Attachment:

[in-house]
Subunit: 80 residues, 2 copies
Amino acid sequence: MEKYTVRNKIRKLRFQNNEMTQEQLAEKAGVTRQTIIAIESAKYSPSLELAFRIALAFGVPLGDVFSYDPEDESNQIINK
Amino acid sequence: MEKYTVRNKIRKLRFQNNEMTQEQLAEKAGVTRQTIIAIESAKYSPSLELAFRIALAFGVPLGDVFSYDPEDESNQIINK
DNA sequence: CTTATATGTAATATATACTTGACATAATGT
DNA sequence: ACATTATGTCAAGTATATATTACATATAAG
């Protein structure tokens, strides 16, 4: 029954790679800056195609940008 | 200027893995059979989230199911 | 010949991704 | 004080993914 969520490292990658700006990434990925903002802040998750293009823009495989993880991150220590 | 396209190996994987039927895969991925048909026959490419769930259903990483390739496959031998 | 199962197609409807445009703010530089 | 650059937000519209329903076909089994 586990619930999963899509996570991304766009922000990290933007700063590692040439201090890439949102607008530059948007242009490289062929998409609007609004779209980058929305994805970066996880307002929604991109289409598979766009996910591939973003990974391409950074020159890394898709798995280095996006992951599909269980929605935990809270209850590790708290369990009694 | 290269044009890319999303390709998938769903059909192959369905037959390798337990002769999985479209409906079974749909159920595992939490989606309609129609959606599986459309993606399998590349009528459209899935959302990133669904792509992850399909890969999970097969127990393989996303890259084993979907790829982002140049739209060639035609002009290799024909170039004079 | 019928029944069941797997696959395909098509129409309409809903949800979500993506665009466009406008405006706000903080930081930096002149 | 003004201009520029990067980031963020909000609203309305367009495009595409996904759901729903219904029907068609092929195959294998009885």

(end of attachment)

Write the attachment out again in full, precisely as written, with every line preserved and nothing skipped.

[in-house]
Subunit: 80 residues, 2 copies
Amino acid sequence: MEKYTVRNKIRKLRFQNNEMTQEQLAEKAGVTRQTIIAIESAKYSPSLELAFRIALAFGVPLGDVFSYDPEDESNQIINK
Amino acid sequence: MEKYTVRNKIRKLRFQNNEMTQEQLAEKAGVTRQTIIAIESAKYSPSLELAFRIALAFGVPLGDVFSYDPEDESNQIINK
DNA sequence: CTTATATGTAATATATACTTGACATAATGT
DNA sequence: ACATTATGTCAAGTATATATTACATATAAG
């Protein structure tokens, strides 16, 4: 029954790679800056195609940008 | 200027893995059979989230199911 | 010949991704 | 004080993914 969520490292990658700006990434990925903002802040998750293009823009495989993880991150220590 | 396209190996994987039927895969991925048909026959490419769930259903990483390739496959031998 | 199962197609409807445009703010530089 | 650059937000519209329903076909089994 586990619930999963899509996570991304766009922000990290933007700063590692040439201090890439949102607008530059948007242009490289062929998409609007609004779209980058929305994805970066996880307002929604991109289409598979766009996910591939973003990974391409950074020159890394898709798995280095996006992951599909269980929605935990809270209850590790708290369990009694 | 290269044009890319999303390709998938769903059909192959369905037959390798337990002769999985479209409906079974749909159920595992939490989606309609129609959606599986459309993606399998590349009528459209899935959302990133669904792509992850399909890969999970097969127990393989996303890259084993979907790829982002140049739209060639035609002009290799024909170039004079 | 019928029944069941797997696959395909098509129409309409809903949800979500993506665009466009406008405006706000903080930081930096002149 | 003004201009520029990067980031963020909000609203309305367009495009595409996904759901729903219904029907068609092929195959294998009885």